The seasons are longer than our seasons and the weather is more severe. This is important because hostilities break out at the end of summer. Winter is coming and the common folk (and those of the nobility with any common sense) realize that burning the fields and killing off the peasants now means starvation later.
Oh... add to the mix a couple of major religions, one old and the others newer. They have varying degrees of political power. The kings are not above using the Septons for their own ends and the Septons have an agenda as well.
Autumn is coming at the beginning of A Feast for Crows. Several major characters have been killed or injured and one has been "re-animated"--it hardly seems fitting to call it "life." A female knight is looking for the oldest daughter of Eddard Stark to fulfill a vow she made to Eddard's wife, Catelyn. The youngest Stark daughter, presumed dead, finds herself in the novitiate of yet another religion. A Brother of the Wall is sent by his commander to The Citadel to return the Wall's Maester home and then to study for himself. The king on the Iron Throne, the most powerful king of Westeros, is an eight-year-old boy. His grandfather, the Regent, has been poisoned by his uncle. The king's mother is now the Queen Regent and wishes to show herself truly worthy of being her father's heir.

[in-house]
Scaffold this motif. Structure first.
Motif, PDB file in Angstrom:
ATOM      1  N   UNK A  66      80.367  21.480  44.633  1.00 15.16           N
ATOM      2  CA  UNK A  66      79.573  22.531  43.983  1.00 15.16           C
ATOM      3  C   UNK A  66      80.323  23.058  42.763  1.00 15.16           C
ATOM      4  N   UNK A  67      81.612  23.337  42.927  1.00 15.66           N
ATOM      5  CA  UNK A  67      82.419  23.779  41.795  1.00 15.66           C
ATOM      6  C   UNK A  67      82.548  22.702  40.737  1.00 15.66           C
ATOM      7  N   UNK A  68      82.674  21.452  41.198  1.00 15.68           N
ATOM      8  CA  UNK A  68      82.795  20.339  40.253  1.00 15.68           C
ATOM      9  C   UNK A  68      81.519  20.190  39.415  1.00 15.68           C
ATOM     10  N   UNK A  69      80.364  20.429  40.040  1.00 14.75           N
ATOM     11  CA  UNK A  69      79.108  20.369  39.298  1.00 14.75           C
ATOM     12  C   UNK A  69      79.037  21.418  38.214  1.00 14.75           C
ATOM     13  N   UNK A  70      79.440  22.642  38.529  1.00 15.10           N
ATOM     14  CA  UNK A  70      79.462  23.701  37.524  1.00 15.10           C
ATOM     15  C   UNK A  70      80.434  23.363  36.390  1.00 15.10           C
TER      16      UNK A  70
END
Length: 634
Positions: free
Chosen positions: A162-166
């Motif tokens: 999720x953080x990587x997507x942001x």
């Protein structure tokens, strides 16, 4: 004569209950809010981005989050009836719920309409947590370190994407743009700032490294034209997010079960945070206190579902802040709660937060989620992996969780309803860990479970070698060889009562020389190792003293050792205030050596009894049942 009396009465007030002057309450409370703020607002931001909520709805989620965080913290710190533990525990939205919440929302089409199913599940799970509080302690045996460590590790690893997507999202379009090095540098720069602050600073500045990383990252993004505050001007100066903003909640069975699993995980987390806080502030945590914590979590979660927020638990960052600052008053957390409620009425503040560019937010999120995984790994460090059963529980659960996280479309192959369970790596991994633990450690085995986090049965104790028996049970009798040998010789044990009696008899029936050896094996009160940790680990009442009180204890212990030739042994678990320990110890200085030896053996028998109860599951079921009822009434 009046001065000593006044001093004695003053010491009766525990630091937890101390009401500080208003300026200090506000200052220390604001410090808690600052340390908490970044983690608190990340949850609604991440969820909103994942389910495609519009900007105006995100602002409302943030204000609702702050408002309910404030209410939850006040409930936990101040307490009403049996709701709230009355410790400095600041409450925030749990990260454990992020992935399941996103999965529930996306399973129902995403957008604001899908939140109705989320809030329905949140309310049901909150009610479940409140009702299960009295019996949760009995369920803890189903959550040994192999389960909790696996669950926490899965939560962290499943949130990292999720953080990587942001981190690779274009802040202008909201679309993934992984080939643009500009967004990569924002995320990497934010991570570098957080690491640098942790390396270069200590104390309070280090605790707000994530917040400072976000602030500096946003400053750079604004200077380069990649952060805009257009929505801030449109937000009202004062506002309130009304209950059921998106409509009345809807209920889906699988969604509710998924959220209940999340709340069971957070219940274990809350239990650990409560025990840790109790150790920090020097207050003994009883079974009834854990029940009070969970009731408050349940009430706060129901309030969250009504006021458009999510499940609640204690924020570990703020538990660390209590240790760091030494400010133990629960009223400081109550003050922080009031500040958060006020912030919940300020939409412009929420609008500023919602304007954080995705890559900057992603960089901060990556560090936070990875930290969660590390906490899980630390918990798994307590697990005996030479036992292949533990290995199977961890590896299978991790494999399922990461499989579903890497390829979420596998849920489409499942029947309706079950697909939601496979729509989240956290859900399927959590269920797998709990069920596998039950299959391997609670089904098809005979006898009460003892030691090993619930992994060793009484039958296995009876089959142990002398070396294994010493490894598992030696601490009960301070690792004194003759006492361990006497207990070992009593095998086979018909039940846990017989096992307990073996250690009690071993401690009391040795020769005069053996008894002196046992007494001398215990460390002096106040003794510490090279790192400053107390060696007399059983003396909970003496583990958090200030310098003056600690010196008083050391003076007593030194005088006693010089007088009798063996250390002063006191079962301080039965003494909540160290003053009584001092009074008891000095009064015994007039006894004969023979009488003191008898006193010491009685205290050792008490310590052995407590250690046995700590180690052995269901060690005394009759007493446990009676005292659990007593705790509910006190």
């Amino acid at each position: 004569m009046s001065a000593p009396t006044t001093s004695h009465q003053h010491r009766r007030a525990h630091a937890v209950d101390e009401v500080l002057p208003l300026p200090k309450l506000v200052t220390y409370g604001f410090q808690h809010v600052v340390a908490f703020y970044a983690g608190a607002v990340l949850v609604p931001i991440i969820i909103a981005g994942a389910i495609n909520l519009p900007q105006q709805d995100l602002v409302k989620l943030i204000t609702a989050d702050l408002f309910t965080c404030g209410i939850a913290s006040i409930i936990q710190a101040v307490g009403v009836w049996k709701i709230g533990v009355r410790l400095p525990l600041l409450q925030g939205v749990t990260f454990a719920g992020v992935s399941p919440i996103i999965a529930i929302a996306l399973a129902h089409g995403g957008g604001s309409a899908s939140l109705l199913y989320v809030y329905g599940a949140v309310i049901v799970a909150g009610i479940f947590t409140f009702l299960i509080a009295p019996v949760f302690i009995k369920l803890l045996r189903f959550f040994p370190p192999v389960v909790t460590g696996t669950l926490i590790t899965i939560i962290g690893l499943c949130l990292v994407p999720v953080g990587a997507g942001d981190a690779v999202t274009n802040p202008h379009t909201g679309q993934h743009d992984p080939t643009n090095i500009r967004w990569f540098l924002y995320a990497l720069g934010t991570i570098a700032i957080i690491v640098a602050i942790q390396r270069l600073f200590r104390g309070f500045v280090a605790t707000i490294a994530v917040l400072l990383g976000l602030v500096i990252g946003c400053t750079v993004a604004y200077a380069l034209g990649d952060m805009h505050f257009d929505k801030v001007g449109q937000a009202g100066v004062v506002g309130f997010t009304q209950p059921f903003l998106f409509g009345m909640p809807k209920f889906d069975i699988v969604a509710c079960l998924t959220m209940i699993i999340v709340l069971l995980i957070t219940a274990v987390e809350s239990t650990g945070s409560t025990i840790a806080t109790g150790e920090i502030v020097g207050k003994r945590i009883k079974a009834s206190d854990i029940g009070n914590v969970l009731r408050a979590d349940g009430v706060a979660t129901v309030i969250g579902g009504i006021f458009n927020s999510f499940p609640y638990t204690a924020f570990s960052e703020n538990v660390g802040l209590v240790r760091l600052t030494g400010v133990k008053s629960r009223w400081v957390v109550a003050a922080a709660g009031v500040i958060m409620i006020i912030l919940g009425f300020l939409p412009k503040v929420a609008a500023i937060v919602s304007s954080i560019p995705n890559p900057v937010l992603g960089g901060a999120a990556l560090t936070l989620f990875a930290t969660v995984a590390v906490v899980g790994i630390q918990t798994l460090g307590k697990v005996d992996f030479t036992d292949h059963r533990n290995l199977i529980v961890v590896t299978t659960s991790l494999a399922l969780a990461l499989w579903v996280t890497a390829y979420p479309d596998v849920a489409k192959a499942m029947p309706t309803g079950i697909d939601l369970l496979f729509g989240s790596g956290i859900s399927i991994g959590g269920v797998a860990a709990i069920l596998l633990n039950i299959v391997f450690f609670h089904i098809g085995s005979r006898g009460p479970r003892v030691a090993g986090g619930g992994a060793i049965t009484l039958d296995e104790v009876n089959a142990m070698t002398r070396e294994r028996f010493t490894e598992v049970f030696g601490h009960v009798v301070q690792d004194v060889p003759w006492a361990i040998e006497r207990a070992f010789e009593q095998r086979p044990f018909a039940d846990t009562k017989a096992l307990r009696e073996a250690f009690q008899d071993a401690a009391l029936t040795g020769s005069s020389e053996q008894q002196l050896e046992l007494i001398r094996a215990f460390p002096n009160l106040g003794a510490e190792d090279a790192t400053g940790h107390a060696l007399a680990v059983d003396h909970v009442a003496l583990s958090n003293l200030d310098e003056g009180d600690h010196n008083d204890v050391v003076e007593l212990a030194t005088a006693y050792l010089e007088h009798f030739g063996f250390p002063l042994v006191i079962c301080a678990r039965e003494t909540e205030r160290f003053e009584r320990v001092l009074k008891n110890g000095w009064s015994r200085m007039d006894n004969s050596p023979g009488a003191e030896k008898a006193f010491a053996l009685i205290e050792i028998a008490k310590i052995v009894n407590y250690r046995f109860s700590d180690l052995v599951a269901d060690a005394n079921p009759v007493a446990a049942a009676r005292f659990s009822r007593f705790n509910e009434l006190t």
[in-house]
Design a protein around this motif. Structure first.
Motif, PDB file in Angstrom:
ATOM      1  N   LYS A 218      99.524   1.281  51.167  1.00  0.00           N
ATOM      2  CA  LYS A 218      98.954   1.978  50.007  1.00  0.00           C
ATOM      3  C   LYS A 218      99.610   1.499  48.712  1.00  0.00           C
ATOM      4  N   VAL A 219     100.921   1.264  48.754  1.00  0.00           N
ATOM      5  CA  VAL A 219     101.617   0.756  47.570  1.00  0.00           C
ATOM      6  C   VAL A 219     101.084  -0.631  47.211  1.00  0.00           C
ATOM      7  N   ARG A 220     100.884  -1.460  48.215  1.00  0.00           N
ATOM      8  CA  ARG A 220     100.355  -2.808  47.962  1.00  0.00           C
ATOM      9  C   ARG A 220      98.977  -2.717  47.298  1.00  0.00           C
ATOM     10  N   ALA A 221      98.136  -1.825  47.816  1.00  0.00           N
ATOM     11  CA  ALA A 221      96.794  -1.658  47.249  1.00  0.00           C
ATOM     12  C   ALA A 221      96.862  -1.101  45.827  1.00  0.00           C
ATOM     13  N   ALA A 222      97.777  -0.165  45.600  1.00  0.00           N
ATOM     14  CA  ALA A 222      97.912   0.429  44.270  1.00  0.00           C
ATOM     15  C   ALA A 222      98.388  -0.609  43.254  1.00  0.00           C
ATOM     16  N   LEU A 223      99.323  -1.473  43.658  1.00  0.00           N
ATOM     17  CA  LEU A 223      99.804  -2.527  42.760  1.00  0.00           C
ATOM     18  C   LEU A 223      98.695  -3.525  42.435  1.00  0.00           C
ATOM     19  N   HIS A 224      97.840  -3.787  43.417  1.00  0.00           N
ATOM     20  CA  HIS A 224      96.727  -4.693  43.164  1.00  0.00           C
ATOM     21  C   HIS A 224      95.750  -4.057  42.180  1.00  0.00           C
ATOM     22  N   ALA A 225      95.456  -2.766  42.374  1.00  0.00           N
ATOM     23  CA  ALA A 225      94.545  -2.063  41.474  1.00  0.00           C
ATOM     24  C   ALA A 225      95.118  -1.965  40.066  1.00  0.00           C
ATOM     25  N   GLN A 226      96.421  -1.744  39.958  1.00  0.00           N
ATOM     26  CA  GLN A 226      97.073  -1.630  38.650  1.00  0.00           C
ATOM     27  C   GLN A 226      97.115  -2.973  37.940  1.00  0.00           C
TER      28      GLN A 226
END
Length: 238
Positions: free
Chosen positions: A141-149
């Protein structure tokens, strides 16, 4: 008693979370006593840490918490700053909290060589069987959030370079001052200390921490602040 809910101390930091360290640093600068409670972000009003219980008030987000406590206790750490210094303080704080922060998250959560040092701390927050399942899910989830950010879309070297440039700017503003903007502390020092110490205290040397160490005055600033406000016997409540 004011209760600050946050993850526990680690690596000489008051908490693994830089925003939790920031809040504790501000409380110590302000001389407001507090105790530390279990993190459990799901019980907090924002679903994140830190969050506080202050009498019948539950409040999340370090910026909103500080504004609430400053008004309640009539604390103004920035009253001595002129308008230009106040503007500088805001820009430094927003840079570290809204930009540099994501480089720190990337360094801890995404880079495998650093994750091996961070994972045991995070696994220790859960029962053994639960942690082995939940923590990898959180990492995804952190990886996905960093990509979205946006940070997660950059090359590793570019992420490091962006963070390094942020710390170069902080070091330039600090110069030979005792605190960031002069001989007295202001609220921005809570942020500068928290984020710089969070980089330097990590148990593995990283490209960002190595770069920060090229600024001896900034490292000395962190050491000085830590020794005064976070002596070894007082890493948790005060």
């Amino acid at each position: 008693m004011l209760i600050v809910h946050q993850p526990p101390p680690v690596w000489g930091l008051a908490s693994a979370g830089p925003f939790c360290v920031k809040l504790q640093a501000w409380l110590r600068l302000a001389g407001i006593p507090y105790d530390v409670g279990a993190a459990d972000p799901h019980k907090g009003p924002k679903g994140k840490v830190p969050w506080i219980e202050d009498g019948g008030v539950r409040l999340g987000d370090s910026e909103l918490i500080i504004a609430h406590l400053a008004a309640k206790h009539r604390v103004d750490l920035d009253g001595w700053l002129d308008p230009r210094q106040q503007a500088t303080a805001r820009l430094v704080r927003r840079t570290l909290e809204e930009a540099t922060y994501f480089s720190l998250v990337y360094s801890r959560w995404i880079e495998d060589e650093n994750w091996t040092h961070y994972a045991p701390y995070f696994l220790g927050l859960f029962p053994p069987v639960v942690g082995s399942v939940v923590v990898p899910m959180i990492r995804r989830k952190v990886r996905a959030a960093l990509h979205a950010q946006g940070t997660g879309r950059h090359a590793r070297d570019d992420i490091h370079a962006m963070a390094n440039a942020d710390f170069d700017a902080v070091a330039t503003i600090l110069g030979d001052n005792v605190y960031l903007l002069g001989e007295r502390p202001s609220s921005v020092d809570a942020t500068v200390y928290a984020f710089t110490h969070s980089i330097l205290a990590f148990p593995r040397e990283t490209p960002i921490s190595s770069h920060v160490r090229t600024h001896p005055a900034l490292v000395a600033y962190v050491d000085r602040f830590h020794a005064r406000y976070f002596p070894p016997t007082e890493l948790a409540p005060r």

The king is not the son of the previous king, although he called him "Father." Only a few know the truth, although more suspect it.
Children are traded amongst the houses, partly held as hostages but also to instill some sense of loyalty to the household they are raised in. And the hosting household is required to keep that child safe, as well as ensure their education and upbringing. This system doesn't always work. And there are consequences, as one princess discovers when she, thinking her father is weak, takes matters into her own hands and her plans go terribly astray.
In fact, most plans have unintended consequences. No one is truly trustworthy.
And off the the west are the Iron Islands, a Viking-like people, born and bred to the sea. They also have claims to the land of Westeros (as well as their own religion); claims which their new king has promised to fulfill.
My mass-market paperback weighs in at 976 pages of story, plus another thirty or so of characters and their relationships plus another fifteen of a preview of the next book. (So why isn't it out already?!)